Eye experts gather in Dublin for 9th International Symposium on Uveitis
The 9th International Symposium on Uveitis, sponsored by the International Uveitis Study Group (IUSG), is taking place in Dublin this weekend at Trinity College Dublin (18th - 21st August).
The Symposium, which takes place every four years, will feature comprehensive discussions of new topics in experimental and clinical uveitis, mechanisms of disease, and innovative therapies, including biologic agents and has attracted an audience of generalist and specialist ophthalmologists, as well as researchers and practitioners from other fields such as immunology, genetics and rheumatology.
Uveitis consists of a group of diseases characterised by significant sight threatening intraocular inflammation primarily involving the uveal tract (iris, ciliary body, and choroid), although inflammation of adjacent tissues, such as retina, optic nerve, and vitreous humour also occurs.
Mr Dara Kilmartin, Consultant Ophthalmologist and Vitreoretinal Surgeon, Royal Victoria Eye and Ear Hospital (RVEEH), Dublin, and Prof. Conor Murphy, Professor of Ophthalmology, RCSI and RVEEH, will join a panel of distinguished international experts addressing the Symposium.
Speaking at the recent ICO Annual Conference in Killarney last May, Mr Kilmartin said, “Uveitis awareness among the Irish public and general medical practitioners is very low, despite it being “second only to diabetes as a cause of visual impairment in the working population. It affects people between 20 and 50 years of age, in the prime of their life, and their ability to function effectively is often severely impacted by the disease and the treatment, the immunosuppression monitoring, and so on.”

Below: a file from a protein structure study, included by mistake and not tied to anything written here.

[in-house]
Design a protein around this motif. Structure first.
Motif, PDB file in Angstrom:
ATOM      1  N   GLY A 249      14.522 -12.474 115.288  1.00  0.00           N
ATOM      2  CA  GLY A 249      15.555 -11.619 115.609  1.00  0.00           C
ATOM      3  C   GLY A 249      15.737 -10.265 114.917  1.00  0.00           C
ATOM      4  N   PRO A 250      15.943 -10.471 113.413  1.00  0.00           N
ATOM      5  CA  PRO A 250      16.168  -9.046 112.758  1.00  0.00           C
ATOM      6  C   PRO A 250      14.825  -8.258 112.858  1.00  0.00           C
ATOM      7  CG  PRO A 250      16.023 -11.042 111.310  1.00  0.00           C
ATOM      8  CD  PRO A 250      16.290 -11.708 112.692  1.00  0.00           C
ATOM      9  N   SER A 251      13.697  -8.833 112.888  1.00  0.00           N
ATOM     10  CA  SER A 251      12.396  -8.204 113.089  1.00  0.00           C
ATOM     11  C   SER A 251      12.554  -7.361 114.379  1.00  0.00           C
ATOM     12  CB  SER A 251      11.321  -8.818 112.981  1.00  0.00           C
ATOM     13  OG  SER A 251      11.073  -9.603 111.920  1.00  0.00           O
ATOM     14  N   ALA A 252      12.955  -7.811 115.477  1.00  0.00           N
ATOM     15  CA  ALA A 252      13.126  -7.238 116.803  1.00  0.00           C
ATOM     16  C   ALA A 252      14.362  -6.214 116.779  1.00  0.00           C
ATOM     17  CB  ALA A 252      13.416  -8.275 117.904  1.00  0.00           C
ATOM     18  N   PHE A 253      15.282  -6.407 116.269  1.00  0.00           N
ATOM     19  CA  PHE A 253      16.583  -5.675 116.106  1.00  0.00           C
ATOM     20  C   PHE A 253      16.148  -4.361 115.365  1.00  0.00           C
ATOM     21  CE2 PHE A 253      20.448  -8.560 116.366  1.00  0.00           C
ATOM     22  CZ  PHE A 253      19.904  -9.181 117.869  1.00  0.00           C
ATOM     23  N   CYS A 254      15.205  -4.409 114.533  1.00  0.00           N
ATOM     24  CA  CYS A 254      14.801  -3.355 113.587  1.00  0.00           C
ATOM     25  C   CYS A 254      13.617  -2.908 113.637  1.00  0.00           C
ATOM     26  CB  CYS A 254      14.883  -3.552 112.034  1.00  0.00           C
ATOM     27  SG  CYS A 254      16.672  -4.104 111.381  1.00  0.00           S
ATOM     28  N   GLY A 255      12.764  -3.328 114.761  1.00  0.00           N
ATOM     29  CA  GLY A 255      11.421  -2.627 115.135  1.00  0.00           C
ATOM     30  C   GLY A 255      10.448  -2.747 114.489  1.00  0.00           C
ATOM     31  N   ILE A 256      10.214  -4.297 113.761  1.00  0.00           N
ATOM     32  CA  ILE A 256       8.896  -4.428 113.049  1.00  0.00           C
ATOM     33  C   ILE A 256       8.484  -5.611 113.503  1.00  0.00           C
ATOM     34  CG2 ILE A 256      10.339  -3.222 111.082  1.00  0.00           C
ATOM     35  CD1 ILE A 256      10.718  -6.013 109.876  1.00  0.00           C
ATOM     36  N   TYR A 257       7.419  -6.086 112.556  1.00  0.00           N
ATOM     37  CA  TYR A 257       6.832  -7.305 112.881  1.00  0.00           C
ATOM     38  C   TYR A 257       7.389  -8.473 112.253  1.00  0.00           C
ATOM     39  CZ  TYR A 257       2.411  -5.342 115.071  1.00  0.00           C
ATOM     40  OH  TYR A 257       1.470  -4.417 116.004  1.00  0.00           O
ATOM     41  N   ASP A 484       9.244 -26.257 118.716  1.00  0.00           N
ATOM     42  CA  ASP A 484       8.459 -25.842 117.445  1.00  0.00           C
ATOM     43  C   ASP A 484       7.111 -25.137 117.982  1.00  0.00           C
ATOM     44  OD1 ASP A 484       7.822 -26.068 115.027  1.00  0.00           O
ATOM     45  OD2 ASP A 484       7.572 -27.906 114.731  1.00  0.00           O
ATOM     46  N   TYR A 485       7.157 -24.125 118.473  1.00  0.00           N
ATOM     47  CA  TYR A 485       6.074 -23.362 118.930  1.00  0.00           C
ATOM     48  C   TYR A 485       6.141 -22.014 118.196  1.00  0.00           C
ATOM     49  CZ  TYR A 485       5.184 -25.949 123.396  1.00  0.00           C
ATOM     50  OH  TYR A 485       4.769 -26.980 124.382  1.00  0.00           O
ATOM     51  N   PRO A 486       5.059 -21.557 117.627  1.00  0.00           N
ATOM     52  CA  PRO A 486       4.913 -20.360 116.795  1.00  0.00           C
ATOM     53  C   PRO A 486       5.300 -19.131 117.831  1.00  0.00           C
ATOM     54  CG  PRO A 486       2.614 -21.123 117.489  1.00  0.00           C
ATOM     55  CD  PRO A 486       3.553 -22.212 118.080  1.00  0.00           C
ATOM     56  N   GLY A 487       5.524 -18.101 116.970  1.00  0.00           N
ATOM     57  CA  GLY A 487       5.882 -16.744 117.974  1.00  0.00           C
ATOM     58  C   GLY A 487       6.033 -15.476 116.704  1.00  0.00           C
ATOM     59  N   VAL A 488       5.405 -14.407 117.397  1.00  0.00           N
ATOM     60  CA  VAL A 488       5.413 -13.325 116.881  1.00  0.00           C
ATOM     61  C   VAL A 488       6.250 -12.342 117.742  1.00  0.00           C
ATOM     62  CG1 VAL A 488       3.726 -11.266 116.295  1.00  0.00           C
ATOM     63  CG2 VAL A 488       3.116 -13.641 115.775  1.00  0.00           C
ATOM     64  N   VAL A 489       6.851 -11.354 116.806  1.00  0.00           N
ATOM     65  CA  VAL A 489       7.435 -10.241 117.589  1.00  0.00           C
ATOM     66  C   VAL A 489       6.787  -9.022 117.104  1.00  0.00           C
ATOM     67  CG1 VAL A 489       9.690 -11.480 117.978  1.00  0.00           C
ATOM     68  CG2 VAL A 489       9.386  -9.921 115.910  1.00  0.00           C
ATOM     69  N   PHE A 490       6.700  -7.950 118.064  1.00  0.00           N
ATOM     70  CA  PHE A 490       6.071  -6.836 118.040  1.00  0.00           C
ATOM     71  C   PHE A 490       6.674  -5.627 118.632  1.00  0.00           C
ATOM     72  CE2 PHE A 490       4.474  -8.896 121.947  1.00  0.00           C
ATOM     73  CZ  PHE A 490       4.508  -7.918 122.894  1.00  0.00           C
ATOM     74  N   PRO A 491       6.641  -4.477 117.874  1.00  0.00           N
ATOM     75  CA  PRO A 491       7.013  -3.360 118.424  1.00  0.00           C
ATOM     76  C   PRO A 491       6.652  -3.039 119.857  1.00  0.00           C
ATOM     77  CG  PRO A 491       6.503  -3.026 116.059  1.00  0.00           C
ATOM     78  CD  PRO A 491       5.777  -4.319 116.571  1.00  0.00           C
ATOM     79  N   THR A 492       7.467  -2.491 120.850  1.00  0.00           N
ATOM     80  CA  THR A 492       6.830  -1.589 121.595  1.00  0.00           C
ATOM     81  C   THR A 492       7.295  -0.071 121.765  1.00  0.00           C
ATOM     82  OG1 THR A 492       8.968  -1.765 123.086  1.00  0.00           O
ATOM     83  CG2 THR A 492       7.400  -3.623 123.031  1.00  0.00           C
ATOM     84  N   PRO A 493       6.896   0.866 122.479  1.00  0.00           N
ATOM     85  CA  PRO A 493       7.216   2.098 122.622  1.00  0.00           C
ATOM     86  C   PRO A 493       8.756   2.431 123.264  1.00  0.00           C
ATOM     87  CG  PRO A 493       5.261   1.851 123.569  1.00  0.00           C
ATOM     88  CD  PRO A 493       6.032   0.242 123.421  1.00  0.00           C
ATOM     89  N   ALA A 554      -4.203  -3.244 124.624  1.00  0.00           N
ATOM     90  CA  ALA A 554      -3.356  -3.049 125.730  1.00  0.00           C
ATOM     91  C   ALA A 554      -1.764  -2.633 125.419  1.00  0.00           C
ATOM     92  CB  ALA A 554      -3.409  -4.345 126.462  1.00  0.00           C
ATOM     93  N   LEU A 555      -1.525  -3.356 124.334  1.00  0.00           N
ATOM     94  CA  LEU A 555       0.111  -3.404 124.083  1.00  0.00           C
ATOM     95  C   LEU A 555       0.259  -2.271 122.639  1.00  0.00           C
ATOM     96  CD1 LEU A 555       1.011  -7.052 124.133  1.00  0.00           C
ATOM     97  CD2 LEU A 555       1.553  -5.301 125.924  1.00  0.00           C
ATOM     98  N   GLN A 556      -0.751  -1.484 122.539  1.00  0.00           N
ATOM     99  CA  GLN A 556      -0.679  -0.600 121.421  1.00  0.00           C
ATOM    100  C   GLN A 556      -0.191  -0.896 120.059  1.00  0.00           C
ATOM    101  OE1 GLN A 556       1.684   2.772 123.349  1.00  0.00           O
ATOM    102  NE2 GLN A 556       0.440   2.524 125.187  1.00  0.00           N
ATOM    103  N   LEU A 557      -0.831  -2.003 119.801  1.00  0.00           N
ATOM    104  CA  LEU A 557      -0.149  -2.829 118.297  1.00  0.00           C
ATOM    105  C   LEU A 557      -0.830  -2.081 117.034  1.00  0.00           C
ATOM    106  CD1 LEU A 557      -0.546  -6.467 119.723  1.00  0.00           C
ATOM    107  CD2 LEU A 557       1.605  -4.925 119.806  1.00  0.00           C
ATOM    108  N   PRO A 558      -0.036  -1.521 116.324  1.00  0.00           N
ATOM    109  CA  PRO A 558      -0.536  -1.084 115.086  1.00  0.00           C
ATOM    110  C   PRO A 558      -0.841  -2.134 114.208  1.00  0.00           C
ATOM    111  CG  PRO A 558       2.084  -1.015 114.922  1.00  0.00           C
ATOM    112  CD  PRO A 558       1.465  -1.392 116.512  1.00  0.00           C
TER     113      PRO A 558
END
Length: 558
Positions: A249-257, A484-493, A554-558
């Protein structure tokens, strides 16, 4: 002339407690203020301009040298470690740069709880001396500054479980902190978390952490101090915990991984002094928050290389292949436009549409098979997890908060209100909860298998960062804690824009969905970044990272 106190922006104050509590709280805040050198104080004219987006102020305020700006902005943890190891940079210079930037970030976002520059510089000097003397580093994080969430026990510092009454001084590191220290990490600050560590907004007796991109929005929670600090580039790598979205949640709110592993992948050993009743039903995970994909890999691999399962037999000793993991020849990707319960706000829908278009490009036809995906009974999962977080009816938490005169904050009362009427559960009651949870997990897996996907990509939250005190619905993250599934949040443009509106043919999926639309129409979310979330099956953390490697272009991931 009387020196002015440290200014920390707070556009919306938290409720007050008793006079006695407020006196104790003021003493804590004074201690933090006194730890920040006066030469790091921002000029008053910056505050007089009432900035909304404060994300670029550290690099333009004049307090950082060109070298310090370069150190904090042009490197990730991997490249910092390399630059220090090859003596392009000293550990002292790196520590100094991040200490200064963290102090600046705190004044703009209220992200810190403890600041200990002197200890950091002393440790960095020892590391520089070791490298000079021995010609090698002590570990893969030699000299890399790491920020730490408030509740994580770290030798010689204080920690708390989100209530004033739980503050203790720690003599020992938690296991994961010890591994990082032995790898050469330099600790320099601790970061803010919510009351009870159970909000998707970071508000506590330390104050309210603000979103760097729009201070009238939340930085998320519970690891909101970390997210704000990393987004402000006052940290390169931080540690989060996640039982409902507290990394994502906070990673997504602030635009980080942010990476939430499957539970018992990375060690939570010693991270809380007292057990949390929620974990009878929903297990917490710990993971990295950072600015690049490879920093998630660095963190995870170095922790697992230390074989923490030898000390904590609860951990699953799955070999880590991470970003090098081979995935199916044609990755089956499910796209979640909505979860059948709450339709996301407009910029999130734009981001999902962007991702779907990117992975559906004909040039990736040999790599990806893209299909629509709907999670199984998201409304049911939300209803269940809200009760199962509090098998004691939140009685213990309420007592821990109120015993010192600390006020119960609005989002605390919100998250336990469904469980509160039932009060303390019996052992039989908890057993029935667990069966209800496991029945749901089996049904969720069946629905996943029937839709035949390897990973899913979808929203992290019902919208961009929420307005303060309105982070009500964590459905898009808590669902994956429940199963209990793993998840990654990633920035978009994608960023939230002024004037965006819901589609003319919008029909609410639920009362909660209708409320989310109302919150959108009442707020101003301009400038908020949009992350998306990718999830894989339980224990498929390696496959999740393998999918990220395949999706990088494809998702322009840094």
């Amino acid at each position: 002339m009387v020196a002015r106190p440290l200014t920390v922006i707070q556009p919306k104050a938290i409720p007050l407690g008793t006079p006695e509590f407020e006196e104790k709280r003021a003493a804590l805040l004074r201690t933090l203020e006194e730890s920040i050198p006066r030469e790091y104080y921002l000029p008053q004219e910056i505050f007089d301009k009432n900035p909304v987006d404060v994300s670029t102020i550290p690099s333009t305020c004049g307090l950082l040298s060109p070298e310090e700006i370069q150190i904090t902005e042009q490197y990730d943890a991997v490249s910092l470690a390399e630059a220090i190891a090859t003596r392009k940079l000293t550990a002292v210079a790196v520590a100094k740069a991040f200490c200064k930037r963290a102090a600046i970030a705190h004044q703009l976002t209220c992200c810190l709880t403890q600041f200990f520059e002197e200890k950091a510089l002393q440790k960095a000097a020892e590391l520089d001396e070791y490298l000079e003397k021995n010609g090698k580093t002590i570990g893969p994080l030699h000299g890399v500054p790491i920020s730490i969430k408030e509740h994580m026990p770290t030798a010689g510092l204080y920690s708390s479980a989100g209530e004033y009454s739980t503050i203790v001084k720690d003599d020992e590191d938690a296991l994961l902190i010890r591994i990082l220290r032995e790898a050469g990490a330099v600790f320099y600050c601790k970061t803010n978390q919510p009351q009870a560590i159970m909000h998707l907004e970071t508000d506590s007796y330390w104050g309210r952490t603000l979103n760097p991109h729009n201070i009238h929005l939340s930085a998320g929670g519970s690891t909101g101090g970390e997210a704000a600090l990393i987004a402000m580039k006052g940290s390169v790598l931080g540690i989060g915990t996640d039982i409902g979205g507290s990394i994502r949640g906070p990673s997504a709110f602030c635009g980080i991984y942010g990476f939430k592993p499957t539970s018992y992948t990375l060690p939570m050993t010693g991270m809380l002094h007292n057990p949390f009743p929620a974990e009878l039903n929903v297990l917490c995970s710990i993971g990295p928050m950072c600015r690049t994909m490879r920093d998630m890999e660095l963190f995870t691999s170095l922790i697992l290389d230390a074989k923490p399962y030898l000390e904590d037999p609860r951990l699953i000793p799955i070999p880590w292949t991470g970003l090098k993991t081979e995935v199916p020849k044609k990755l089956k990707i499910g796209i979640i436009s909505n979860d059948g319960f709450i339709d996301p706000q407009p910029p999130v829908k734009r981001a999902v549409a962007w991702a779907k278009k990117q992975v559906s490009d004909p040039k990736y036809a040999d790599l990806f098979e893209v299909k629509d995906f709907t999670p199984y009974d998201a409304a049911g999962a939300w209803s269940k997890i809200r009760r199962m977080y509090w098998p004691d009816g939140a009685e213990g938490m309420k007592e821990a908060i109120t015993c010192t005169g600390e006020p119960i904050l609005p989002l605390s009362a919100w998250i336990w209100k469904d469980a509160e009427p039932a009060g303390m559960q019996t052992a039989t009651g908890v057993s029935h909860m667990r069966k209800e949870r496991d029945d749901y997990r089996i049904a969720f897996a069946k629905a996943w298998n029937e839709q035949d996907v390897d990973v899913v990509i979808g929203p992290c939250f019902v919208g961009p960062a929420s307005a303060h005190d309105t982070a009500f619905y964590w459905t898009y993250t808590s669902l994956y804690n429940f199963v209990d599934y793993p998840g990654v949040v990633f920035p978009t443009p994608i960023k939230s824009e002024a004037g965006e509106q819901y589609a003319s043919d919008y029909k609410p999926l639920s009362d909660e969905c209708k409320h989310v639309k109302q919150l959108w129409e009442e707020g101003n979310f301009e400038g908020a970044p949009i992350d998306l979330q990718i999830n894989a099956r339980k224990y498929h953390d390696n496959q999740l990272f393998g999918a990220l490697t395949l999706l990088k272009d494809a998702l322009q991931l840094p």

He added, “There are only three-to-four dedicated uveitis clinics in the country, given the specialist care required. Patients with systemic diseases like sarcoidosis and types of arthritis like ankylosing spondylitis, psoriatic arthritis and juvenile arthritis have a higher risk of uveitis.”
The incidence of uveitis varies from 14 to 52.4/100,000 with the overall prevalence around the world is up to 0.73% (approximately 5-20% of legal blindness in developed countries is due to uveitis). A recent study found that the extrapolated 10-year incidence of uveitis was almost three times higher than that reported almost 40 years previously.
Many cases will resolve rapidly, but a significant number of patients develop persistent disease with inflammatory damage to ocular structures resulting in severe visual impairment. The main causes of sight loss are cystoid macular oedema, cataract, and glaucoma.
Acute anterior uveitis is the commonest subtype and carries the best visual outcome, with a worse visual prognosis seen in patients with posterior uveitis and panuveitis.
In non-infectious causes, therapy is usually aimed at dampening down the immune response with corticosteroids being the first line treatment. In sight threatening disease immunosuppressive agents may need to be added to improve or preserve sight.
The organising committee said the varied programme presenting a mix of basic science and clinical research addresses many of the questions affecting specialists in ocular inflammation and should provide grounding for continued discovery and innovation in the field for years to come.
19th August 2016